College can be an exciting time. For the first time in their lives students are finally getting a taste of what life is like on their own; without their parents. This is a time for self-discovery and new relationships. Most college freshmen are new to adulthood. While this can be an exciting time in their lives, the college experience can also be quite scary.
Most college freshman desire acceptance from their peers. They are also under quite a bit of pressure: to be responsible and to achieve good grades, for example.
We must also realize that most mental illnesses strike during the college years. For instance, depression and anxiety usually strike before age twenty-five. The most common mental health disorders among US college students are anxiety and depression.
According to researchers, the diagnoses of anxiety has increased by 6 percent between 2009 and 2015 among college students. According to these studies, the most common mental health problem among US college students is anxiety. Fortunately, there are more psychiatric services available on most university campuses in the US. Due to a decrease in stigmatization of mental health disorders in recent years, an increasing amount of college students are seeking out these services.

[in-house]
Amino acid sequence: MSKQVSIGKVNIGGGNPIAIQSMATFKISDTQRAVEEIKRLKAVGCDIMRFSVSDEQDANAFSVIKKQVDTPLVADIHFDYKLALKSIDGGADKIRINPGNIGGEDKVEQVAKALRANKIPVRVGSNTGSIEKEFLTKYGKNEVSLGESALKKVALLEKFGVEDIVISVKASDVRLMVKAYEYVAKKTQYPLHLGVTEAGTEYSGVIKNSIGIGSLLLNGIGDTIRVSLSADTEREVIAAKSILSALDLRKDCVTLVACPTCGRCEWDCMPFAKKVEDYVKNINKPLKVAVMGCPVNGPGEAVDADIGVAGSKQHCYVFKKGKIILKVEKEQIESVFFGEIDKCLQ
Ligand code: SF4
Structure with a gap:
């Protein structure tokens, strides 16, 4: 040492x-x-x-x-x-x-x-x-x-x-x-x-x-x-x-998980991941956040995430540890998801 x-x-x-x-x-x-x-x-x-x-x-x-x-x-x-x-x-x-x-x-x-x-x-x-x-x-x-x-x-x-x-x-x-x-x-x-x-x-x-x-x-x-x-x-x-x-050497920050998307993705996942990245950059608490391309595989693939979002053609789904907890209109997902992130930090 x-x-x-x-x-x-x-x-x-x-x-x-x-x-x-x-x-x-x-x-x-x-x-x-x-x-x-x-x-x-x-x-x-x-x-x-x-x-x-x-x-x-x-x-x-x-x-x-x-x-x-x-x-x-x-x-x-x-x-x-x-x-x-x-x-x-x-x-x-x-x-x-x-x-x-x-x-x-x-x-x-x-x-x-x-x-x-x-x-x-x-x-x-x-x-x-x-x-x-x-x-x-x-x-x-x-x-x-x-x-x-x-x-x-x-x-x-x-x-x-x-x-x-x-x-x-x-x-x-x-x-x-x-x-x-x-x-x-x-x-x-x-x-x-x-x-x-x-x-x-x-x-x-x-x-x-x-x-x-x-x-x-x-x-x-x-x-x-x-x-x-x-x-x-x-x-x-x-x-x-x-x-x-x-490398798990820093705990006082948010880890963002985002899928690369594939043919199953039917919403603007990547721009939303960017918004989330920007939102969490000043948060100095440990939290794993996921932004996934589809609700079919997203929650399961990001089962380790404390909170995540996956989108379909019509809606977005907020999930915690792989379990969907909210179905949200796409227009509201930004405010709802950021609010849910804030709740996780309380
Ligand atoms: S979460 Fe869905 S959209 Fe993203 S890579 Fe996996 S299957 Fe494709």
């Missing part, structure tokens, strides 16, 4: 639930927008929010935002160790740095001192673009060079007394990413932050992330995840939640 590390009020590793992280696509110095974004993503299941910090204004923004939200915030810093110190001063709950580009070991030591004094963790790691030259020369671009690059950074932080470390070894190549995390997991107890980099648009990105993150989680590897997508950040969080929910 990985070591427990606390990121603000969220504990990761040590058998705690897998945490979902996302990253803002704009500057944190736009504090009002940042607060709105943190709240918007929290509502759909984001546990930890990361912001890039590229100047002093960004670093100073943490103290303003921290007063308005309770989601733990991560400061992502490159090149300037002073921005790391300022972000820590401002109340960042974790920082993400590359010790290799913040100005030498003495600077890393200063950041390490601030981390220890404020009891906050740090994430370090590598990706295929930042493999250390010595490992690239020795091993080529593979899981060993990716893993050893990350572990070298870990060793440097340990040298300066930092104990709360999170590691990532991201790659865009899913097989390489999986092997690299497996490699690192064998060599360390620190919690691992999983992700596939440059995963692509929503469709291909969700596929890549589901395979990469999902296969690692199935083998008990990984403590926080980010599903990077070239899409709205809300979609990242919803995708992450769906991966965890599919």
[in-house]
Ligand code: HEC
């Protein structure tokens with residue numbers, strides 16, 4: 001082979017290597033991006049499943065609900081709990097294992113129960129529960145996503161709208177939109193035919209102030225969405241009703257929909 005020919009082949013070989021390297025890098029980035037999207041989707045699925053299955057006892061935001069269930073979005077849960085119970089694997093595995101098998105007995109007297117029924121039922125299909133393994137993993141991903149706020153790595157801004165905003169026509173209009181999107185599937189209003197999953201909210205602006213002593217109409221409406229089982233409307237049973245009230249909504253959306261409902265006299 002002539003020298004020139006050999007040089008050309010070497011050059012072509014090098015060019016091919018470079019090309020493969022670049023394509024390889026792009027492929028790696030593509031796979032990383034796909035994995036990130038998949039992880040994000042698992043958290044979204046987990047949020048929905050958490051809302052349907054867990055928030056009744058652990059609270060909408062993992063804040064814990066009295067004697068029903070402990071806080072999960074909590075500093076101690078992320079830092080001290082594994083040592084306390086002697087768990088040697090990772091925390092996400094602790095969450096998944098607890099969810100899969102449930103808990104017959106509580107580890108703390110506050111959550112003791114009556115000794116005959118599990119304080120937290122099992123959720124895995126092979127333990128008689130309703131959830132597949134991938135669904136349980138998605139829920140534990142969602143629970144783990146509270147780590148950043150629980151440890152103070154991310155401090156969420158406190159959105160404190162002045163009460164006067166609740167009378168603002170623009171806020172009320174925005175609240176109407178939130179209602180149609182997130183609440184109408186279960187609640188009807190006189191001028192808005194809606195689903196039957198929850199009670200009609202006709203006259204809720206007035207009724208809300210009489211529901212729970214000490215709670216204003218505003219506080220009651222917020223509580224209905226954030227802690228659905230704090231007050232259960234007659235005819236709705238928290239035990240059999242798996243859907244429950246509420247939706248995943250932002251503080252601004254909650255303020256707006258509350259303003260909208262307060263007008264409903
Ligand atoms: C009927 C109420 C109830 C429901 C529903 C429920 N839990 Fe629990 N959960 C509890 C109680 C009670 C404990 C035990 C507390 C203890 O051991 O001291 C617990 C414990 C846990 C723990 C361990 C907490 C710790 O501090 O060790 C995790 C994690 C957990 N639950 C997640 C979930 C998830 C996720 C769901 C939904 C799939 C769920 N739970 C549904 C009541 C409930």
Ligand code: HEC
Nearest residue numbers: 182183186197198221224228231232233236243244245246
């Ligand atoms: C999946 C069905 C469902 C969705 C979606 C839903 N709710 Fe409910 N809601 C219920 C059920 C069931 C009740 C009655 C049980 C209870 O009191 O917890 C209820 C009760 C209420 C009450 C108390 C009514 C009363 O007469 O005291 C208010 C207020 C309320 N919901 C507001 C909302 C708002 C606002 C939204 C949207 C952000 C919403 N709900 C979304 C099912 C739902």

What can we do to prevent the rising number of students with mental health problems across US college campuses? How can we as a nation prevent these disabling conditions from getting any worse? According to Stewart Cooper, director of counseling services at Valparaiso University, “Mental health screening days and evidence-based materials and interventions that are technology-based fit here.” Avoidance is key in this situation. Most college students are stressed, and as mentioned above, are adjusting to life away from their parents and families back home for the first time. They also struggle to “fit in” and desire to feel accepted by their peers. In addition, they are pressured to study hard and get good grades. If a mental illness strikes during this process, as you can imagine, success in college is greatly jeopardized.
More preventative measures are needed to prevent mental illnesses such as anxiety and depression from striking.
Counseling should be provided to not only students already diagnosed with a mental illness, but also students who haven’t been diagnosed, but are displaying the warning signs.
If you (or someone you love) is displaying signs of mental illness, please give us a call today. We are here to help!